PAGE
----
Background: Cardiopulmonary exercise testing (CPET) variables provide valuable prognostic information in the heart failure (HF) population. The purpose of the present study is to assess the ability of resting end-tidal carbon dioxide partial pressure (PETCO2) to predict cardiac-related events in patients with HF. Methods: 121 subjects diagnosed with compensated HF underwent CPET on an outpatient basis. Mean age and ejection fraction were 49.3 years (± 14.7) and 28.4% (± 13.4), respectively. Resting PETCO2 was determined immediately prior to the exercise test in the seated position. Peak oxygen consumption (VO2) and the minute ventilation-carbon dioxide production (VE/VCO2) slope were also acquired during CPET. Results: There were 41 cardiac-related hospitalizations and 9 cardiac-related deaths in the year following CPET. Mean resting PETCO2, peak VO2 and VE/VCO2 slope were 34.1 mmHg (± 4.6), 14.5 ml•kg- 1•min- 1 (± 5.1) and 35.9 (± 8.7) respectively. Univariate Cox regression analysis revealed that resting PETCO2 (Chi-square = 28.4, p <0.001), peak VO2 (Chi-square = 21.6, p <0.001) and VE/VCO2 slope (Chi-square = 54.9, p <0.001) were all significant predictors of cardiac related events. Multivariate Cox regression analysis revealed resting PETCO2 added to the prognostic value of VE/VCO2 slope in predicting cardiac related events (residual Chi-square = 4.4, p = 0.04). Peak VO2 did not add additional value and was removed (residual Chi-square = 3.2, p = 0.08). Conclusions: These results indicate a resting ventilatory expired gas variable possesses prognostic value independently and in combination with an established prognostic marker from the CPET. Resting PETCO2 may therefore be a valuable objective measure to obtain during both non-exercise and exercise evaluations in patients with HF.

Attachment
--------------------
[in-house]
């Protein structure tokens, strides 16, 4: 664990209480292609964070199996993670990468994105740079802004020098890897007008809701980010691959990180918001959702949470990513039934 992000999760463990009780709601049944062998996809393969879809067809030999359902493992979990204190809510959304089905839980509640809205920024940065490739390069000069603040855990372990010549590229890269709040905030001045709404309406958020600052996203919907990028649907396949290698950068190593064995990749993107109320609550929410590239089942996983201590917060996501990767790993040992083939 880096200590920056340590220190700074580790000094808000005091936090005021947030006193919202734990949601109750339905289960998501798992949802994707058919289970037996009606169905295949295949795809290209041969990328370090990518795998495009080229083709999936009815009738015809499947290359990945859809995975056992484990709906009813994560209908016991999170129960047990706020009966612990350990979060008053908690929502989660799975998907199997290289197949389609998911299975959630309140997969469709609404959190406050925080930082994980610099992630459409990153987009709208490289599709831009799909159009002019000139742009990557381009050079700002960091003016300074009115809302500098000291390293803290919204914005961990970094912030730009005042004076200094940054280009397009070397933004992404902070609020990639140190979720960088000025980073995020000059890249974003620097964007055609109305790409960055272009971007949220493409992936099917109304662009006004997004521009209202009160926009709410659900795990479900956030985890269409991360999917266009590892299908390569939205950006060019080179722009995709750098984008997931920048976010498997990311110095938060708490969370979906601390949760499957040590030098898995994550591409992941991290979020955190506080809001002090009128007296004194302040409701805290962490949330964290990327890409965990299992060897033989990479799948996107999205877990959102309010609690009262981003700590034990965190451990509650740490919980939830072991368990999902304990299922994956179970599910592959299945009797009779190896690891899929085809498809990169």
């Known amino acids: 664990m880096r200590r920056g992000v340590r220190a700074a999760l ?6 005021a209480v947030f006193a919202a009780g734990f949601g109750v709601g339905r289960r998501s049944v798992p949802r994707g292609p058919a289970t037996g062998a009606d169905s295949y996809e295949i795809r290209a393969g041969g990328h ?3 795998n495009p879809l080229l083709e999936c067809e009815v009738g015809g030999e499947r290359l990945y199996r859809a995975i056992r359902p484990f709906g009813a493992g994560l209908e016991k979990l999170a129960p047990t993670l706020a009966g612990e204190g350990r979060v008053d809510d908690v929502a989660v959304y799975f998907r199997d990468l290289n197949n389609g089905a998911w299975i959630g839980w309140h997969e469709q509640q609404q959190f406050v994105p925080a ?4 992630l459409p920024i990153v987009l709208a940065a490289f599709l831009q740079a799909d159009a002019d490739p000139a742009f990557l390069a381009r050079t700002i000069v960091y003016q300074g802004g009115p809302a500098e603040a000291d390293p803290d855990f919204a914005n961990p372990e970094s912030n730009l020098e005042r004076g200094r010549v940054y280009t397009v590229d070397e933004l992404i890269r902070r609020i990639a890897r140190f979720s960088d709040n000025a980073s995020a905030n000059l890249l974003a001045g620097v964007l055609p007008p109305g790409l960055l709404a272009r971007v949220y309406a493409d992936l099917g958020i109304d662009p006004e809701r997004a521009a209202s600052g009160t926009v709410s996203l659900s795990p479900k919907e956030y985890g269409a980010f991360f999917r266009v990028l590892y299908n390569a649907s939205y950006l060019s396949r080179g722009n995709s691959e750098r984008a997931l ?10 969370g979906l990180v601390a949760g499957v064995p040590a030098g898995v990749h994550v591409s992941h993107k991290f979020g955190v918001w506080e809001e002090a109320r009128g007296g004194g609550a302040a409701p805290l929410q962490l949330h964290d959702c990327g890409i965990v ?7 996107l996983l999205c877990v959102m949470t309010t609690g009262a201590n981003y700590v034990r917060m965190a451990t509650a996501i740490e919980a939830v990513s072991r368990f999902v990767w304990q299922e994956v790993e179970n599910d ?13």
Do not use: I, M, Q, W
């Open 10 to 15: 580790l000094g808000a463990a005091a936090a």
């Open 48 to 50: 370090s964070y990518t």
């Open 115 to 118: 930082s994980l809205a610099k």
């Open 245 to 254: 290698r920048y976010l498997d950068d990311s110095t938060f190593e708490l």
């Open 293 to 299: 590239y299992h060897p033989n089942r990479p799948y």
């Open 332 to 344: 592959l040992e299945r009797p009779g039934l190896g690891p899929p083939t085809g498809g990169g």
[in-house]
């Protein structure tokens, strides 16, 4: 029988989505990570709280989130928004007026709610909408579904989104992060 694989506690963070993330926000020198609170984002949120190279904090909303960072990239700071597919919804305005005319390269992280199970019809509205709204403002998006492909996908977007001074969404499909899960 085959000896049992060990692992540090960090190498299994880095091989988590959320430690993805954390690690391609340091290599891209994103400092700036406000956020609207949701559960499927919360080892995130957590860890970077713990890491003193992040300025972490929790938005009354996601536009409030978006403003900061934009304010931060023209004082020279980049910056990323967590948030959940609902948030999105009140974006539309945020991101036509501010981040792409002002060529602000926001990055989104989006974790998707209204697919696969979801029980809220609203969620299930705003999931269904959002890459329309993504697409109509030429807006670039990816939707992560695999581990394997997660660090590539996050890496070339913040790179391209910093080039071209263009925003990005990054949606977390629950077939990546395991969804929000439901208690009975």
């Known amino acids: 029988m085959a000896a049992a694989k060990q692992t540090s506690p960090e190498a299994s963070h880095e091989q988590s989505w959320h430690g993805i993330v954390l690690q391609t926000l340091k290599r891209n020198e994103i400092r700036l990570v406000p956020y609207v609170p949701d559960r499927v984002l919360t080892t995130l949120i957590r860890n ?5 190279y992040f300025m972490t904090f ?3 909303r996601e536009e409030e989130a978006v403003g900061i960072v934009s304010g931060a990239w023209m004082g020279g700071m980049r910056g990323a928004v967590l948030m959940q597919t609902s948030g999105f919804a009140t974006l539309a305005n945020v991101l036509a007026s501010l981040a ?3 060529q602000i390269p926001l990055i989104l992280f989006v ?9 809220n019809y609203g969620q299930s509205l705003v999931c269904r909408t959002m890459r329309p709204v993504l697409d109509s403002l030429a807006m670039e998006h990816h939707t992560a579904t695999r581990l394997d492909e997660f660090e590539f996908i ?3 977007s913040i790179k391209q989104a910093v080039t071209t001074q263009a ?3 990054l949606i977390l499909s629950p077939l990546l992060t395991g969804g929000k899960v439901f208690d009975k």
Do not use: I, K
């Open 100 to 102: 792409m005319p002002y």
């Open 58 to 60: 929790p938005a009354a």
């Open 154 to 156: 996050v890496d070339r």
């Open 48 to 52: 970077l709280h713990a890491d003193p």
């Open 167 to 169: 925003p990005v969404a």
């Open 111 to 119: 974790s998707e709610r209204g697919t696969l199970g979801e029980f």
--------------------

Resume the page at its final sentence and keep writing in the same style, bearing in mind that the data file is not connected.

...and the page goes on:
- Heart failure
- Risk factors
- Ventilatory expired gas
ASJC Scopus subject areas
- Cardiology and Cardiovascular Medicine